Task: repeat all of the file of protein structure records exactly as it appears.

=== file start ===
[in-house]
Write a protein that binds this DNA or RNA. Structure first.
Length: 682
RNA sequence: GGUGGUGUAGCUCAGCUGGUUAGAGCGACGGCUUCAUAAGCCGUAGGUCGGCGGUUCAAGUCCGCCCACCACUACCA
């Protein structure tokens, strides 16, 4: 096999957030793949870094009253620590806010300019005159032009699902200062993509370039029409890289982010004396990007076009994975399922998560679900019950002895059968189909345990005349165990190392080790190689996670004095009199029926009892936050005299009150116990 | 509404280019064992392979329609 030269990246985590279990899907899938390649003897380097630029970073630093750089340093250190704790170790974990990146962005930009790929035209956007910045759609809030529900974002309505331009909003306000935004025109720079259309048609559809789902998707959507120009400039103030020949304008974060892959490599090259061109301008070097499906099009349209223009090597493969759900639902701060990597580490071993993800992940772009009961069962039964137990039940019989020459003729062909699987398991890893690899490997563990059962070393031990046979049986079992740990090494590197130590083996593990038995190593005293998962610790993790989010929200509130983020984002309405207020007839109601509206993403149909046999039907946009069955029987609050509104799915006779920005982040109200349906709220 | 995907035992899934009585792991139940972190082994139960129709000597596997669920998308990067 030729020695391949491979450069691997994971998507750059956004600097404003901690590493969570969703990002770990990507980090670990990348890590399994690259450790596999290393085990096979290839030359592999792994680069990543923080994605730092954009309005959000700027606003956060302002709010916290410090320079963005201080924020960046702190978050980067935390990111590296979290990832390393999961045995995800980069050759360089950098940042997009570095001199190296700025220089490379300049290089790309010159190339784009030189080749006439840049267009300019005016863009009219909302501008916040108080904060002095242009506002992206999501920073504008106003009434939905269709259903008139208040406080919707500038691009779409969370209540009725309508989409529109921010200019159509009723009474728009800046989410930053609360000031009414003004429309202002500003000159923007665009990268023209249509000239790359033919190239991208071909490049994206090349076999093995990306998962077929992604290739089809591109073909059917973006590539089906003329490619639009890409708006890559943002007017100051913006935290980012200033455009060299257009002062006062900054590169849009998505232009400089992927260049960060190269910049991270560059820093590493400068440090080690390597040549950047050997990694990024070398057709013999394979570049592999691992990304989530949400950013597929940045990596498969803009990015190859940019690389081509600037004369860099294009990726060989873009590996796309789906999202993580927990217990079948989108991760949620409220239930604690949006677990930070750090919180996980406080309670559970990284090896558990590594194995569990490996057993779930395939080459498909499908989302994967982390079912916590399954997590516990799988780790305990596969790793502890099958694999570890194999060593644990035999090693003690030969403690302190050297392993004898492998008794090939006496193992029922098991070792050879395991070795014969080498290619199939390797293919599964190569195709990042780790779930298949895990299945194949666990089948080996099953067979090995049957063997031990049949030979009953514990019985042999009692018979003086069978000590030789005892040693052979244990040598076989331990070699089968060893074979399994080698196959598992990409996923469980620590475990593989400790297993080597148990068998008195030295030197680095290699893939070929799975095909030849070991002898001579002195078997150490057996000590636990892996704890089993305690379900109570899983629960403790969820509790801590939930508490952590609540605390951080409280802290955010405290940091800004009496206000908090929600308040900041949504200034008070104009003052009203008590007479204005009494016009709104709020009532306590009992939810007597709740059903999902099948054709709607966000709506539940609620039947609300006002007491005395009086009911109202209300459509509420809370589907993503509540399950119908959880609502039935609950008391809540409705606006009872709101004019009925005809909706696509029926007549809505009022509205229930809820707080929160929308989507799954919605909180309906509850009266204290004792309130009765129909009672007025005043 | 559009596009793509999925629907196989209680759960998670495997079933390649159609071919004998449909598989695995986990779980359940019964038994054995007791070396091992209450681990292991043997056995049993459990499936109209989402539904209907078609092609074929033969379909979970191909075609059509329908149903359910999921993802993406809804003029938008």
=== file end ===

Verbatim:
[in-house]
Write a protein that binds this DNA or RNA. Structure first.
Length: 682
RNA sequence: GGUGGUGUAGCUCAGCUGGUUAGAGCGACGGCUUCAUAAGCCGUAGGUCGGCGGUUCAAGUCCGCCCACCACUACCA
């Protein structure tokens, strides 16, 4: 096999957030793949870094009253620590806010300019005159032009699902200062993509370039029409890289982010004396990007076009994975399922998560679900019950002895059968189909345990005349165990190392080790190689996670004095009199029926009892936050005299009150116990 | 509404280019064992392979329609 030269990246985590279990899907899938390649003897380097630029970073630093750089340093250190704790170790974990990146962005930009790929035209956007910045759609809030529900974002309505331009909003306000935004025109720079259309048609559809789902998707959507120009400039103030020949304008974060892959490599090259061109301008070097499906099009349209223009090597493969759900639902701060990597580490071993993800992940772009009961069962039964137990039940019989020459003729062909699987398991890893690899490997563990059962070393031990046979049986079992740990090494590197130590083996593990038995190593005293998962610790993790989010929200509130983020984002309405207020007839109601509206993403149909046999039907946009069955029987609050509104799915006779920005982040109200349906709220 | 995907035992899934009585792991139940972190082994139960129709000597596997669920998308990067 030729020695391949491979450069691997994971998507750059956004600097404003901690590493969570969703990002770990990507980090670990990348890590399994690259450790596999290393085990096979290839030359592999792994680069990543923080994605730092954009309005959000700027606003956060302002709010916290410090320079963005201080924020960046702190978050980067935390990111590296979290990832390393999961045995995800980069050759360089950098940042997009570095001199190296700025220089490379300049290089790309010159190339784009030189080749006439840049267009300019005016863009009219909302501008916040108080904060002095242009506002992206999501920073504008106003009434939905269709259903008139208040406080919707500038691009779409969370209540009725309508989409529109921010200019159509009723009474728009800046989410930053609360000031009414003004429309202002500003000159923007665009990268023209249509000239790359033919190239991208071909490049994206090349076999093995990306998962077929992604290739089809591109073909059917973006590539089906003329490619639009890409708006890559943002007017100051913006935290980012200033455009060299257009002062006062900054590169849009998505232009400089992927260049960060190269910049991270560059820093590493400068440090080690390597040549950047050997990694990024070398057709013999394979570049592999691992990304989530949400950013597929940045990596498969803009990015190859940019690389081509600037004369860099294009990726060989873009590996796309789906999202993580927990217990079948989108991760949620409220239930604690949006677990930070750090919180996980406080309670559970990284090896558990590594194995569990490996057993779930395939080459498909499908989302994967982390079912916590399954997590516990799988780790305990596969790793502890099958694999570890194999060593644990035999090693003690030969403690302190050297392993004898492998008794090939006496193992029922098991070792050879395991070795014969080498290619199939390797293919599964190569195709990042780790779930298949895990299945194949666990089948080996099953067979090995049957063997031990049949030979009953514990019985042999009692018979003086069978000590030789005892040693052979244990040598076989331990070699089968060893074979399994080698196959598992990409996923469980620590475990593989400790297993080597148990068998008195030295030197680095290699893939070929799975095909030849070991002898001579002195078997150490057996000590636990892996704890089993305690379900109570899983629960403790969820509790801590939930508490952590609540605390951080409280802290955010405290940091800004009496206000908090929600308040900041949504200034008070104009003052009203008590007479204005009494016009709104709020009532306590009992939810007597709740059903999902099948054709709607966000709506539940609620039947609300006002007491005395009086009911109202209300459509509420809370589907993503509540399950119908959880609502039935609950008391809540409705606006009872709101004019009925005809909706696509029926007549809505009022509205229930809820707080929160929308989507799954919605909180309906509850009266204290004792309130009765129909009672007025005043 | 559009596009793509999925629907196989209680759960998670495997079933390649159609071919004998449909598989695995986990779980359940019964038994054995007791070396091992209450681990292991043997056995049993459990499936109209989402539904209907078609092609074929033969379909979970191909075609059509329908149903359910999921993802993406809804003029938008």